Rogue One

A Star Wars Movie for Everyone

Rogue One art by Keanu Davis

Even if you haven’t seen any of the Star Wars movies, it’s not hard to recognize the symbols that have not only become intertwined with the series but ubiquitous in pop culture. The mechanical and menacing breath of Darth Vader with his muffled voice that sends shivers down his enemy’s spine, the glow and buzz of Light Sabers through the epic and futuristic melee combat, and that “[Luke,] I am your father”. These icons have become cemented in popular culture more than any other movie franchise and this epic space opera has garnered millions of diehard fans across the globe. Yet, there are far more people who haven’t seen any Star Wars than those who have. In December, Disney released their second movie expanding off George Lucas’ masterpiece saga, Rogue One: A Star Wars Story. It’s the perfect starting point for those who have never seen Star Wars but would like to give it a shot.

Star Wars is a saga about a group of rebels who try to overthrow a massive Empire that reigns over the galaxy. Rogue One serves as the missing link between Episode III (2005) and Episode IV (1977) when an especially small group of Rebels somehow managed to infiltrate the most secure part of the Empire and retrieve plans to a massive, planet destroying weapon known as the Death Star. Jyn Erso, a former member of the rebellion whose father is the lead engineer and designer of the Death Star, joins up with Cassian Andor, a lifelong member and spy for the Rebels, together with the comedic robot K-2SO, a defected Imperial pilot, and two former monks they manage to steal the schematics.

Rogue One, like any action/sci-fi flick has a huge amount of battle and explosions yet it doesn’t succumb to many of the cliché tropes that we see all too often with this genre and with the other Star Wars films. There are no unnecessary characters, there is no unnecessary romance, and best of all there are virtually no Jedi or Sith (the superheroes and supervillains of the Star Wars universe). It is a tale only about humans, a first for the franchise, which brings it down to earth and allows any audience to connect. The struggles they face are at a human level and the sacrifices they make feel real.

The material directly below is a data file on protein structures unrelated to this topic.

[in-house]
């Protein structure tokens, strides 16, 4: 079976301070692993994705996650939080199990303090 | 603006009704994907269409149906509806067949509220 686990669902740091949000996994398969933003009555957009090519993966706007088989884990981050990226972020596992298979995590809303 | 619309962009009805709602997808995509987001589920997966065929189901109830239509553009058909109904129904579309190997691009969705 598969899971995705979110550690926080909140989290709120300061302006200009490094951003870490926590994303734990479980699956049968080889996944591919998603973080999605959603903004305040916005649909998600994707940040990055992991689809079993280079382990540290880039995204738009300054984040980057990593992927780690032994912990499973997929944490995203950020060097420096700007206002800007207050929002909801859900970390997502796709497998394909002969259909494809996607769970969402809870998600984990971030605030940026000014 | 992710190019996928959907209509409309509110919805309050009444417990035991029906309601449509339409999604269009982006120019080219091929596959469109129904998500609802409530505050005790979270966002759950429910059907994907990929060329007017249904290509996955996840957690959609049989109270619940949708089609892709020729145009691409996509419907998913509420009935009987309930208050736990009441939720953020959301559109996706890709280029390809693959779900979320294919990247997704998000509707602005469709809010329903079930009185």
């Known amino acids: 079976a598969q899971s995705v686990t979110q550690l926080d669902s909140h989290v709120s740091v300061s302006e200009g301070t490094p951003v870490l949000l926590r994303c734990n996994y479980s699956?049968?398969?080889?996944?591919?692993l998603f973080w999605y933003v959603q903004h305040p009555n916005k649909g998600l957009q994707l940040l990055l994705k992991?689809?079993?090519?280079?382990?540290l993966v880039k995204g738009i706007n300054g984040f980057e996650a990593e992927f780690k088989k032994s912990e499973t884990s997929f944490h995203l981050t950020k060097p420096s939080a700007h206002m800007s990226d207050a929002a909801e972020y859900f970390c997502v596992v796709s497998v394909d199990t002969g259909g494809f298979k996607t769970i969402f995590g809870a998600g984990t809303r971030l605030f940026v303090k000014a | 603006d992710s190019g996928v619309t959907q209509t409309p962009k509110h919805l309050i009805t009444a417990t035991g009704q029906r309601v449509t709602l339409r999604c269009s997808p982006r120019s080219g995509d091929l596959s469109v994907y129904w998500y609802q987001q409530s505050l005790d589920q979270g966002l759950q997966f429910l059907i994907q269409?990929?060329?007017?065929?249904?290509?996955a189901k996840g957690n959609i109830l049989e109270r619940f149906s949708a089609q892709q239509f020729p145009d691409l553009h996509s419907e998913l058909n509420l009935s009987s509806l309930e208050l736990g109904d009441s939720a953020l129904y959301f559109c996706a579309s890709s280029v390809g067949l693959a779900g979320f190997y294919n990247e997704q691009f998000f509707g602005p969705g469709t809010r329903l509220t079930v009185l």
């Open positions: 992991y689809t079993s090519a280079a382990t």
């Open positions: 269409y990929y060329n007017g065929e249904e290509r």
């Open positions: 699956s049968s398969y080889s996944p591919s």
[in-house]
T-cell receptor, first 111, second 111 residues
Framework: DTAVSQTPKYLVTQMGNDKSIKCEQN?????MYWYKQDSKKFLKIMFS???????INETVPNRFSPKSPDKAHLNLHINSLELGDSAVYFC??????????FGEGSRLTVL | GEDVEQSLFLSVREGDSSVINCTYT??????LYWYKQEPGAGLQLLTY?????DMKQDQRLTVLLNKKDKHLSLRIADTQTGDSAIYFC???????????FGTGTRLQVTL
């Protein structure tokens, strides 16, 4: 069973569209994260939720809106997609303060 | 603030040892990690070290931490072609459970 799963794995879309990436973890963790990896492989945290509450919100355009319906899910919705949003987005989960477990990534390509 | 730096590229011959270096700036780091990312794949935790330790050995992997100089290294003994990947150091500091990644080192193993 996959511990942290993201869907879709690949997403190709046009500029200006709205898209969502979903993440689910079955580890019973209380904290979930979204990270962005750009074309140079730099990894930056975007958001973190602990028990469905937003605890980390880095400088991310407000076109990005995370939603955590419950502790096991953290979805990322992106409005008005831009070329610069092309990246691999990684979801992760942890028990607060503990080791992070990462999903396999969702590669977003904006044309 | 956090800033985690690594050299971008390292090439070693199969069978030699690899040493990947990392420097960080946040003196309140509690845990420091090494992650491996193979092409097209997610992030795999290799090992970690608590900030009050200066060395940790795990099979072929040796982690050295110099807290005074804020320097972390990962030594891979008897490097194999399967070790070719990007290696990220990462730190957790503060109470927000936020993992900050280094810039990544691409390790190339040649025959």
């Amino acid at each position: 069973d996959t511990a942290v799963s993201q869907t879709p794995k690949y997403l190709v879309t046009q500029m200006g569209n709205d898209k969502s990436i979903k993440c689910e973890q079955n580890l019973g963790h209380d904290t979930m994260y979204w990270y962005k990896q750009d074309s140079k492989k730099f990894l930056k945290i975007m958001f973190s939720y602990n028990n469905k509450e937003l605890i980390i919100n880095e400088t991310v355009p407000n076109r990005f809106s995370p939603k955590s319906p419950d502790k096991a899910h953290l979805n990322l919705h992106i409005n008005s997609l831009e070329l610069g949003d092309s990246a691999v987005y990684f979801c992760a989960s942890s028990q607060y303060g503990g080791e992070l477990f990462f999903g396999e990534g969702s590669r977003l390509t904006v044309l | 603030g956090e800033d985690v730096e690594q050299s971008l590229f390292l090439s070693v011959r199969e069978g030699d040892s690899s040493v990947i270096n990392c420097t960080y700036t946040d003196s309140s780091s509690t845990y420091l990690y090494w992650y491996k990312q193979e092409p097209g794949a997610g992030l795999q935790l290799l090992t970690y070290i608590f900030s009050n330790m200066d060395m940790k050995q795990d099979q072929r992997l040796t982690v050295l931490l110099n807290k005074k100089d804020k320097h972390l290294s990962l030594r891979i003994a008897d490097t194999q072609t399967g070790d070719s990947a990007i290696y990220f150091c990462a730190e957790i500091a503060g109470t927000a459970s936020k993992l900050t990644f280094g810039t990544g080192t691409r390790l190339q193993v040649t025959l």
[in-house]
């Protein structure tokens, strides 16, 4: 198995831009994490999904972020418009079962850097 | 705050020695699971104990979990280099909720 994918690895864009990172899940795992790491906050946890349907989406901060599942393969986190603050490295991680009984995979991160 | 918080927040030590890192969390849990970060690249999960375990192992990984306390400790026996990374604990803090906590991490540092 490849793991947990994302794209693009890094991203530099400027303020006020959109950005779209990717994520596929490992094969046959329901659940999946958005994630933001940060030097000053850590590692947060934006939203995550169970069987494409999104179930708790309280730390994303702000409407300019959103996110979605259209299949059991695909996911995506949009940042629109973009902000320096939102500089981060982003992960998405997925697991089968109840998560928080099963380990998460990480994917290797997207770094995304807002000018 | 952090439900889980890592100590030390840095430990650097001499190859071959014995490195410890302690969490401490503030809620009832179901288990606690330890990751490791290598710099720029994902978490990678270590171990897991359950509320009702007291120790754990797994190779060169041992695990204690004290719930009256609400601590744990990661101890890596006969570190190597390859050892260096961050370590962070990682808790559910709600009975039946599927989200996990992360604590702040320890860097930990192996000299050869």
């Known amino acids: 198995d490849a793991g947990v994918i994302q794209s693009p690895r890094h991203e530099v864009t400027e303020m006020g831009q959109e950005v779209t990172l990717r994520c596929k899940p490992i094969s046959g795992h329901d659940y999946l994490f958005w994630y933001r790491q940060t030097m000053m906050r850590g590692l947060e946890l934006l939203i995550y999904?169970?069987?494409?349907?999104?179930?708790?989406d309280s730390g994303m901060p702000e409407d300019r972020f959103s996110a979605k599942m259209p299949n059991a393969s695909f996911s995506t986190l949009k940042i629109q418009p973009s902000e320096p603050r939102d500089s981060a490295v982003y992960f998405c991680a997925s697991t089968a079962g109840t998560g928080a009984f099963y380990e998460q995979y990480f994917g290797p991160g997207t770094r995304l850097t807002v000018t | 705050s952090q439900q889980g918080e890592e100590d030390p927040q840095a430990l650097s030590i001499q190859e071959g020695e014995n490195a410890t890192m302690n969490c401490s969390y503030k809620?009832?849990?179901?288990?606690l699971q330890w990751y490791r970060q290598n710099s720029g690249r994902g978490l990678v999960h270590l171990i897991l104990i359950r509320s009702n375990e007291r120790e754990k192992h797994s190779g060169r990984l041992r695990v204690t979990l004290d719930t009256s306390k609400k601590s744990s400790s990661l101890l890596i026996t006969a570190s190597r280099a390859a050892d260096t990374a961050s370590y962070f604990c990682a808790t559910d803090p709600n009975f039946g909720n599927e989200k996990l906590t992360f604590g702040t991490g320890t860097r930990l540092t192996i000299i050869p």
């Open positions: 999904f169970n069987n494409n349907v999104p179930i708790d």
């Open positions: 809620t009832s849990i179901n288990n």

In the first scene of the movie, when Jyn was just a little girl, her father left her behind when the Empire forced him to return to construction on the Death Star. Immediately, the audience understood that this was going to be a dark movie with raw, unfiltered emotion with themes of sacrifice and difficult moral decisions. The ideas of sacrifice, righteousness, and hope persisted throughout the film and it followed Jyn’s path from a cynic and disgruntled member of the rebellion into a leader and passionate advocate for the cause. The emotions are not only heavier than other Star Wars films but they fall on the shoulders of humans. The gravity of the situation sinks in and the audience can fully appreciate what the characters are doing. These emotions are universally understood by everyone and thus there is no need for previous Star Wars knowhow to be enthralled into the film.

The movie fully captivates and immerses the audience into this far away galaxy. It’s something Star Wars has always been good at but Rogue One was the best yet. In the most powerful scene of the movie, the director in charge of the construction of the death star has to confront Darth Vader. The director stands in a long, walkway suspended over lava where the he is visibly nervous. Darth Vader’s infamous and ominous song, the Imperial March, plays slowly while a door opens on one side revealing a bright light and a dark silhouette. The director, now washed in red light is dwarfed by the shadow of a massive cloaked figure rising above him and after huge build up the audience finally sees Vader’s face. The gravity and the power of the Sith Lord was masterfully presented from a human perspective that sends chills down the spine of anyone who watches it. This moment would likely be the same for anyone, because the narrative is so clear and powerful that it immerses you into the scene.

This does not mean that the movie is infallible or that those not familiar with Star Wars will be able to understand everything. The film has faced criticism for having a main character, Jyn, who never has to make any important decisions on her own. There are also plenty of allusions to the past films that someone new to the franchise wouldn’t understand. These however, are not egregious failures which would make it unwatchable for first time Star Wars viewers.

It’s the humanity of Rogue One from the emotion, tension, sacrifice, and hope that make it so special. It makes you feel things like no other action film does and it truly transports you into that Galaxy far far away. Its stand-alone format, raw and captivating emotions, and human scale make it the perfect gateway into the Star Wars Galaxy, besides, in the timeline of films, it skips over the dreadful Prequels (Episodes I-III). If you have been reluctant to watch Star Wars or need a place to get started, Rogue One is a perfect jumping off point; but be warned, you may never be the same.

Rogue One modified poster by
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